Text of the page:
17 April – The Italian Renaissance (Peter Burke)
4 April – Bearing Right (Willl Saletan) – A detailed study of politics of abortion in the US from mid-Reagan to Bush. Saletan chooses to limit himself strictly to this issue, and covers it well – but this decision means that the effect of horse-trading on other issues is outside the scope of the book. Good example of a study of how policy gets made.
3 April – Death March (Edward Yourdon) – Thoughts on the impossible project, and how to survive it.
2 April – The House of Wittgenstein (Alexander Waugh) – The Wittgenstein family – or at least, the generation that grew up in the earliest part of the twentieth century – is a fascinating case in its own right, and also had the misfortune to be interesting in interesting times. Waugh traces the course of this family through the first and second world wars. Very little on the often-told stories of Ludwig’s life in England, rather a lot on brother Paul’s career as a pianist, a good decision as the latter is fascinating and until now hardly common knowledge.
23 March – The State of the Art (Iain M. Banks) – Short stories. Still good. The title novella reads like a section of one of the Culture novels, others are more like vignettes. Mostly good.
21 March – 6th Annual Best SF (1972) (ed. Harrison & Aldiss) – This collection definitely reflects the turning point in science fiction at the time. Most of the material is in some way “new wave”, including the two “old-school” pieces by Keith Roberts and Joe Haldeman. Roberts’ is a fairly unsuccessful alternate history which descends into political thriller territory, only without the thrills. Haldeman is represented by the novella “Hero”, which, rewritten, formed the initial section of his best-known novel, The Forever War. The most interesting pieces are from unexpected places. Victor Sabah’s “An Imaginary Journey to the Moon” is a sort of cargo-cult science fiction story, having come about when a science fiction fan solicited books from the Science Fiction Writers of America for a school in Ghana. Sabah’s story was written as a class exercise in this school; the result is not a good story, but a fascinating piece of anthropology. The other piece worth calling out is a story called “Darkness”, by Andre Carneiro, which anticipates in many ways the well-known “Essay on Blindness” by Jose Saramago.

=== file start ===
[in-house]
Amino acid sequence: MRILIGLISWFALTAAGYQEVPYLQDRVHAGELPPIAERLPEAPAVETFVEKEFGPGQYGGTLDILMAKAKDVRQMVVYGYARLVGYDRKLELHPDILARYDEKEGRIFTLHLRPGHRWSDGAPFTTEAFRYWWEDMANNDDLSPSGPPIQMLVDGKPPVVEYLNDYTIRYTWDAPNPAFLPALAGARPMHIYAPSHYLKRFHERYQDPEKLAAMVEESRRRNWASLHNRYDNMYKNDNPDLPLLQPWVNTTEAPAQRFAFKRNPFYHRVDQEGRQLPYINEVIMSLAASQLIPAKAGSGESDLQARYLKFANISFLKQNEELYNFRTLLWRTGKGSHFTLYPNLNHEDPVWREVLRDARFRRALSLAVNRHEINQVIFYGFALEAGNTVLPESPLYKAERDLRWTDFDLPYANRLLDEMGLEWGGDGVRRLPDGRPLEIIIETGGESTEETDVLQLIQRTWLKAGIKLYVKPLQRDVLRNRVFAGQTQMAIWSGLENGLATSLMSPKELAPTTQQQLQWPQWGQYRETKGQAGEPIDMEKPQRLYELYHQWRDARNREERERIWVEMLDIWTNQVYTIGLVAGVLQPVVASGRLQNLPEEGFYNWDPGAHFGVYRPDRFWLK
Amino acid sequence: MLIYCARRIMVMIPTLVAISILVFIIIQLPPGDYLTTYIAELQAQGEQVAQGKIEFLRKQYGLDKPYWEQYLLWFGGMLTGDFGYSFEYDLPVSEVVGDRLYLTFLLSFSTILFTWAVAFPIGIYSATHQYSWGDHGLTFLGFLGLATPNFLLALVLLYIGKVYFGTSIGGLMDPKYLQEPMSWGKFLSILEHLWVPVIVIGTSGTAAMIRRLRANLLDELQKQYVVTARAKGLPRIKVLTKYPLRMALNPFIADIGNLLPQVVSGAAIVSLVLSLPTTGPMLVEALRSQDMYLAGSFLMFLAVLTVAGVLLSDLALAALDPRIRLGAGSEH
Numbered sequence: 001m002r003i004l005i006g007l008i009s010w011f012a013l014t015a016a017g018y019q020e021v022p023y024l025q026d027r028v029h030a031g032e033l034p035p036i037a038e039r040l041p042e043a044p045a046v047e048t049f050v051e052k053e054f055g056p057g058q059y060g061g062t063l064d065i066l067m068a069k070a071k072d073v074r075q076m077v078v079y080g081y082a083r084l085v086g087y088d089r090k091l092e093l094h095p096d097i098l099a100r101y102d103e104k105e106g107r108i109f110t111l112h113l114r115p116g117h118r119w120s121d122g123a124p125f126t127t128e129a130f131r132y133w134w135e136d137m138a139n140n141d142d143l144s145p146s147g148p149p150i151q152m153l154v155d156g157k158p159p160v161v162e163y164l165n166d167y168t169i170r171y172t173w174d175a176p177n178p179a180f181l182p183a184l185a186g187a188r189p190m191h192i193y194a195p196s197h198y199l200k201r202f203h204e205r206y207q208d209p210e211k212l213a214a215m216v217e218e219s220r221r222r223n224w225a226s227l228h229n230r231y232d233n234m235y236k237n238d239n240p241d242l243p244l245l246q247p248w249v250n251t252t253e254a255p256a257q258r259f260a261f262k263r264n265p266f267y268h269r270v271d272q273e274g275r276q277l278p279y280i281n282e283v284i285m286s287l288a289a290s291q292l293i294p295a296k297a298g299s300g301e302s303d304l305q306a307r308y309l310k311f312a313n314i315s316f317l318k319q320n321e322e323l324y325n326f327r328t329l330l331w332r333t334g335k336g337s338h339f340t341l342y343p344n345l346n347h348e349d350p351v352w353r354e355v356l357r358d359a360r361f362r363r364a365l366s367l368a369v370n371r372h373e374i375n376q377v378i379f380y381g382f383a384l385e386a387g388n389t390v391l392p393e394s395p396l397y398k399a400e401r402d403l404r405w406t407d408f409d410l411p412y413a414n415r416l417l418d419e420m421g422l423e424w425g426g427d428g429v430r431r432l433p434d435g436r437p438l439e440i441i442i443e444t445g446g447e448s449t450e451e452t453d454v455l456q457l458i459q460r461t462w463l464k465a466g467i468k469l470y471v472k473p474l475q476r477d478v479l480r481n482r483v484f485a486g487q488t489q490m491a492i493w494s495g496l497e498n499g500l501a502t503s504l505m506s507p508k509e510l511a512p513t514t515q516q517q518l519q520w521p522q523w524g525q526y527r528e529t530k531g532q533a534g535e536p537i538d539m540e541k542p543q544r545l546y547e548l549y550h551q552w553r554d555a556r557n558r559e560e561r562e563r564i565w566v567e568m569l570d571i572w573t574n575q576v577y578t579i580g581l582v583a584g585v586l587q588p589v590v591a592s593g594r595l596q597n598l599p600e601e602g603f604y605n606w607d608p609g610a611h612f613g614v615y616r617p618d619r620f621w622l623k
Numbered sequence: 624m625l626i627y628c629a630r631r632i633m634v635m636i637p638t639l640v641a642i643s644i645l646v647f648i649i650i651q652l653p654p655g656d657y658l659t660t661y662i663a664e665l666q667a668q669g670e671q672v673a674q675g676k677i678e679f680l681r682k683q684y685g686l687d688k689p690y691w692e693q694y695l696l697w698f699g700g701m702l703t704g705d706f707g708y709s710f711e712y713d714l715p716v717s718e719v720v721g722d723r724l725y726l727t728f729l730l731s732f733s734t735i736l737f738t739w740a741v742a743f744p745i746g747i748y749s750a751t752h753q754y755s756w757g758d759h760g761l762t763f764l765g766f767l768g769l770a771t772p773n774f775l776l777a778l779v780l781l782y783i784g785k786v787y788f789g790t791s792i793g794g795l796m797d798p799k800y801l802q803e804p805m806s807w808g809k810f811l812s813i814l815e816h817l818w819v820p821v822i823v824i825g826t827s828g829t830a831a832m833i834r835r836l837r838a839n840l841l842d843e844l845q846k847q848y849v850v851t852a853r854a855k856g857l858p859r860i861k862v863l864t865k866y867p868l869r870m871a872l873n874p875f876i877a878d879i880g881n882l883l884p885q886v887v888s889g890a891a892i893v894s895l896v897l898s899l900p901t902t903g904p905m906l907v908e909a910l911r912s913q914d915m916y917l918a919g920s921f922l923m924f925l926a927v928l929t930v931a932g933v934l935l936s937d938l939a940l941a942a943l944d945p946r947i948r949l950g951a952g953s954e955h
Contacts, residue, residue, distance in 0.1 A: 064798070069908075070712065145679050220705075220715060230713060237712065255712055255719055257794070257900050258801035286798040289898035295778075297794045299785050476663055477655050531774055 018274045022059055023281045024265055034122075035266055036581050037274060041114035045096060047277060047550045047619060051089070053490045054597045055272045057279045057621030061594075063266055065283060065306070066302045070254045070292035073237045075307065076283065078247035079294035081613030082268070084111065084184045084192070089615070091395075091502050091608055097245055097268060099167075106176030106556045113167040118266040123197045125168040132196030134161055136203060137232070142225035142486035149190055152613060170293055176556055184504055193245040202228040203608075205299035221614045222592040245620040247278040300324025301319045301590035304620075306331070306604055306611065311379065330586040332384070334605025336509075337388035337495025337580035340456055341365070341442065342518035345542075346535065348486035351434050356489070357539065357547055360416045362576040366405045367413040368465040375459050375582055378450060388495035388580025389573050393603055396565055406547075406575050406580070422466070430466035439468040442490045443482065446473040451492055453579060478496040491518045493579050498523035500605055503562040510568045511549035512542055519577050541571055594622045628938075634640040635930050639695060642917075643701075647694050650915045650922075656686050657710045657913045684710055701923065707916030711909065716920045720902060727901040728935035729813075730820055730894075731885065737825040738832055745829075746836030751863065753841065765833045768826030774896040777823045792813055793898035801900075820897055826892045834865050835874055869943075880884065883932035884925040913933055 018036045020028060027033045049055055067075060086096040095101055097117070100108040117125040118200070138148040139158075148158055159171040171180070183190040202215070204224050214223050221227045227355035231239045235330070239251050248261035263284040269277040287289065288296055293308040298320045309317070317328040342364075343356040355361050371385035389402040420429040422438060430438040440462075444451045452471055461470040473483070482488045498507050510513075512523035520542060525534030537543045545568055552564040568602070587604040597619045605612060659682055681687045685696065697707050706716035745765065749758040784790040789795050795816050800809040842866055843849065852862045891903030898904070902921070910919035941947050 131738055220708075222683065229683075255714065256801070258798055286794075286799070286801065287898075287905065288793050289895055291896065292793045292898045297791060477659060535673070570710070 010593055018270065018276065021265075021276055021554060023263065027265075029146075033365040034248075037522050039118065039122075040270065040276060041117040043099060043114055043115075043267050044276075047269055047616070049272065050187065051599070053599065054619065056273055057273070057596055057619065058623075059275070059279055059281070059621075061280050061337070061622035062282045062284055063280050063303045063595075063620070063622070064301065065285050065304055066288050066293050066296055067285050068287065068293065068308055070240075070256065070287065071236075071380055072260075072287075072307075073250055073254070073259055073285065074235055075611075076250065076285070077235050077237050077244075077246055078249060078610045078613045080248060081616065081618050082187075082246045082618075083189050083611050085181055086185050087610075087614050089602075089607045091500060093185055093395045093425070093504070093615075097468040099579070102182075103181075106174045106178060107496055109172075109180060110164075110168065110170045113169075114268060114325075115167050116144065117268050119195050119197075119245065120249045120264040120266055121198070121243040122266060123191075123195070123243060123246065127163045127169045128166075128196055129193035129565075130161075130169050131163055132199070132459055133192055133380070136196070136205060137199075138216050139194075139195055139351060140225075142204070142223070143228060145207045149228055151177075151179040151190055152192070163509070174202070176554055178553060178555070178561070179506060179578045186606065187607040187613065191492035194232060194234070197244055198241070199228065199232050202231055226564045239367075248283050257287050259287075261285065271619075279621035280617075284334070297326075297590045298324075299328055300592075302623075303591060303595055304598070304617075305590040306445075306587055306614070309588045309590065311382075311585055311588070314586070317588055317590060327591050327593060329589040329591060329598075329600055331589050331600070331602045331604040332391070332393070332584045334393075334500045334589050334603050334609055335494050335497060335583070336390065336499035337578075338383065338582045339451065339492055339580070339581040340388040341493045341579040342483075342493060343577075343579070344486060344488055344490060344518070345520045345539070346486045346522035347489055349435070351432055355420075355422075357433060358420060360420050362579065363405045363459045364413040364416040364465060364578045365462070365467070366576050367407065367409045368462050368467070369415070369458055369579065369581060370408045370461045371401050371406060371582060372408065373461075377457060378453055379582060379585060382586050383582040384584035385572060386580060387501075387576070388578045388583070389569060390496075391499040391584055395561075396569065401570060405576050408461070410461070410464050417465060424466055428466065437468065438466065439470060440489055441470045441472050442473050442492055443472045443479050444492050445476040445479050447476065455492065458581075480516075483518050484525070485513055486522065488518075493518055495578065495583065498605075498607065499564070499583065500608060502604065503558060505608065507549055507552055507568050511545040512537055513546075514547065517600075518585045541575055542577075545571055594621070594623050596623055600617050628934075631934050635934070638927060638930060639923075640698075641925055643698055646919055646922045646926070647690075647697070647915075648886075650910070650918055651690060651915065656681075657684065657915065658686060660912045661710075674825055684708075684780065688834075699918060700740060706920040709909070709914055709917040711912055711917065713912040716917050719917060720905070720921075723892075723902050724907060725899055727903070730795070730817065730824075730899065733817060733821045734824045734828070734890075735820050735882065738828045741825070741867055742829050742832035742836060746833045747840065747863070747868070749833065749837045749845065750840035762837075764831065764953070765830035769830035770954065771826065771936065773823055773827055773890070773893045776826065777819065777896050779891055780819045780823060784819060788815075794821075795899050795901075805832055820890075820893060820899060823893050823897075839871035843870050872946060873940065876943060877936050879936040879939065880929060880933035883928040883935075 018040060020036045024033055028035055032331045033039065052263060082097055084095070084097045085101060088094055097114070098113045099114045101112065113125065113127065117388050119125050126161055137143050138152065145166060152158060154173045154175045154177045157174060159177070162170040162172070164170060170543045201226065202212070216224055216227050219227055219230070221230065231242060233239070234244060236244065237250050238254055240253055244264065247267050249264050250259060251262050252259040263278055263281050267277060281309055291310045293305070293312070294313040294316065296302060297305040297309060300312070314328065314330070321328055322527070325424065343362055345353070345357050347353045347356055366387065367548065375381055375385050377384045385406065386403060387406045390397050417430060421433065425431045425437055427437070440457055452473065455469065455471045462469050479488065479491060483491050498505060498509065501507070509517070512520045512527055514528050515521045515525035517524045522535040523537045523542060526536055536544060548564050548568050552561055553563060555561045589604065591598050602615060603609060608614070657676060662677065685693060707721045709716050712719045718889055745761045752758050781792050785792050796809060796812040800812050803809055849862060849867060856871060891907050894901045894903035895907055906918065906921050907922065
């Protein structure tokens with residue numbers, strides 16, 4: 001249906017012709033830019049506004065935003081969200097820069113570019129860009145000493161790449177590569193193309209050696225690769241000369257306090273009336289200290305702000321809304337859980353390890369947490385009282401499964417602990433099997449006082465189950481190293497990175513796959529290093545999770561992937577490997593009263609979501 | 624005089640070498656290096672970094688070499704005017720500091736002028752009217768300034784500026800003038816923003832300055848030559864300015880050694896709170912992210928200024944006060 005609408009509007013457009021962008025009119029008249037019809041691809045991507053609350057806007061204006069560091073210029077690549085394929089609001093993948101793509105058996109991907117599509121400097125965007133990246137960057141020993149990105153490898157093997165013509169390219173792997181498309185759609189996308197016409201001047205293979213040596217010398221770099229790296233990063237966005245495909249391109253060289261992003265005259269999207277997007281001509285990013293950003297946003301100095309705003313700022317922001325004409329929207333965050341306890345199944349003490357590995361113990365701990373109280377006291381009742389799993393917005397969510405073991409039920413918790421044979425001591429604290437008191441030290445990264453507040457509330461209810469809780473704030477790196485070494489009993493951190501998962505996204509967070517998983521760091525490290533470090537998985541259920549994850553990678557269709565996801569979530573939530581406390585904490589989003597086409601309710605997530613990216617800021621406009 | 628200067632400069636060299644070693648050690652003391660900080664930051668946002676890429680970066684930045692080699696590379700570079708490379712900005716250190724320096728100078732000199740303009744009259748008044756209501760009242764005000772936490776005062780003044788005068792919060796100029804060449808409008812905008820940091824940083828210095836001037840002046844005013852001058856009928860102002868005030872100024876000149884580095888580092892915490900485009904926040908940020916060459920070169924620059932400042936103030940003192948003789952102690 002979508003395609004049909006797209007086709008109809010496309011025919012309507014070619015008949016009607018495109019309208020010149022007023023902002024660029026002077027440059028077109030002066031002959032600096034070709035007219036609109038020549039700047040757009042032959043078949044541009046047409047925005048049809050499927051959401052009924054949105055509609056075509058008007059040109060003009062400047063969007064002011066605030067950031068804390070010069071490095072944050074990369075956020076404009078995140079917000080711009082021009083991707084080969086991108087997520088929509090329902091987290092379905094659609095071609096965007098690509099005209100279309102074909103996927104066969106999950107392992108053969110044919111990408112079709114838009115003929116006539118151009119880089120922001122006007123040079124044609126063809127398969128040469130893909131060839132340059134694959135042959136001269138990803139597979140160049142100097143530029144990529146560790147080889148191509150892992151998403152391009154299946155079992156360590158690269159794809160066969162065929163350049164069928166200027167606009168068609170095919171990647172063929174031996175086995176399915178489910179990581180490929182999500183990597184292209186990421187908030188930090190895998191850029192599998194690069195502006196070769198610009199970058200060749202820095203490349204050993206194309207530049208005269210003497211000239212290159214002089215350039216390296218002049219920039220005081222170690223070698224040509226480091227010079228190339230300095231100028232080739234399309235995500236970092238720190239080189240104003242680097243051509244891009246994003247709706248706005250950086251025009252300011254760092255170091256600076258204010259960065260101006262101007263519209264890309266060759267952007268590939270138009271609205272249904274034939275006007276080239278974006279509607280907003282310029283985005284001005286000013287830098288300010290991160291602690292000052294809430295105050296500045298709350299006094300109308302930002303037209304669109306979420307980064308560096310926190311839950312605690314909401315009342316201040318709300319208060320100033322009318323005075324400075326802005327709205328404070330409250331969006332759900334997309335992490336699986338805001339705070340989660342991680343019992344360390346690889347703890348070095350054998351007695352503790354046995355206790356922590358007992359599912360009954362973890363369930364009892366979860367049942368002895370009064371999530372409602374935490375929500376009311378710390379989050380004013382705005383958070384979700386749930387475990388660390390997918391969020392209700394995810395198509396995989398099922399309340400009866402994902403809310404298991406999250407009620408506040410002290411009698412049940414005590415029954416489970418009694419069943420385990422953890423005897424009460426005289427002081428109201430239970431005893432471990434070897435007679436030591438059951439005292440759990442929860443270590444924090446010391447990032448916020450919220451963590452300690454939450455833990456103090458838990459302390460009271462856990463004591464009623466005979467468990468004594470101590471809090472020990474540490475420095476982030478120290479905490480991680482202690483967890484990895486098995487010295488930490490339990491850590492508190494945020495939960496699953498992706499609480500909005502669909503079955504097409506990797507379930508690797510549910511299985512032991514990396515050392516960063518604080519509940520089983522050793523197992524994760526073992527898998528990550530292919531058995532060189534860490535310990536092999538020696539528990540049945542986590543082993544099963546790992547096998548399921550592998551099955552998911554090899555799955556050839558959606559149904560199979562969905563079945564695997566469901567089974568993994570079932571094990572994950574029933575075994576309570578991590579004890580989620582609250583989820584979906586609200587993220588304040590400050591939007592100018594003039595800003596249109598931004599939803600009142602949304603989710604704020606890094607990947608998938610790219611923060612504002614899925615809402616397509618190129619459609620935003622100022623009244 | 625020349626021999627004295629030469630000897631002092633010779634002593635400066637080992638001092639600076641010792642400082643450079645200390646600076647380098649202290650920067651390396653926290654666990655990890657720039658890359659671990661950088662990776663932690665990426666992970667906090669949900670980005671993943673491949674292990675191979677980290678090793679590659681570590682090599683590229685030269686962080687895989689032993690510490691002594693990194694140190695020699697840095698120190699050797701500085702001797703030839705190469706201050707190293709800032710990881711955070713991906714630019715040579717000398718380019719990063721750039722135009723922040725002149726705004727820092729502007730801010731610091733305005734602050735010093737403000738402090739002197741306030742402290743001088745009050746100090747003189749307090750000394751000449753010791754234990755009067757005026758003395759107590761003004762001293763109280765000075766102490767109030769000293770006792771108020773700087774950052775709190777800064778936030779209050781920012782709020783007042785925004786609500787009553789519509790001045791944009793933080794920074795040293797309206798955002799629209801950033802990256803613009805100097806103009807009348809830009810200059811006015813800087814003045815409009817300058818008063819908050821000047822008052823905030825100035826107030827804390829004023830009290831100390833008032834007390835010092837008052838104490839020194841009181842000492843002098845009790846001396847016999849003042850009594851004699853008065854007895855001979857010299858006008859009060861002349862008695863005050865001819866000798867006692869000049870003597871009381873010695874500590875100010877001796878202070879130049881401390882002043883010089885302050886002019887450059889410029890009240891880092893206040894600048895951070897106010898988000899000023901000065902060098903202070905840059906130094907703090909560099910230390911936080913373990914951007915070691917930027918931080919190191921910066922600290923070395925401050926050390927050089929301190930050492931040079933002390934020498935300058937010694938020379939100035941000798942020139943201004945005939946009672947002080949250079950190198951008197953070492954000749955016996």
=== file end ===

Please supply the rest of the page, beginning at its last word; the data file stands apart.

17 March – Adverbs (Daniel Handler) – Once upon a time there was a guy and he wrote a book and he wanted to be kind of modern and different and play with style and stuff so he wrote a book with lots of characters who all fit together in weird sort of ways and they do things that don’t always make sense and the author keeps coming into the book and you think “Wow, Kurt Vonnegut is dead, and this is what we’re left with?” and you’re sad because it seemed like the book could have been pretty good, at the start, if he’d just settled in and given you a character that you could like or some reason to care or even some sense that all of the different parts actually fit together and didn’t just seem like they might fit together if you tried but you won’t try because you really don’t care that much and so the book seems much better than it is because you don’t care about it and isn’t that what love is really?
15 March – The Elements of Programming Style (Brian Kernighan and P. J. Plauger) – Totally obsolete, of course: a book on errors in FORTRAN and PL/I programs. However, I’m all about the obsolete, and this book is absolutely worth reading if you’re learning to write code. The errors that Kernighan and Plauger highlight are ones that many others have pointed out – although they may have been the first to present them in such a comprehensive form – but tracing them through code in an unfamiliar language really shows up how they come about, and how to avoid them.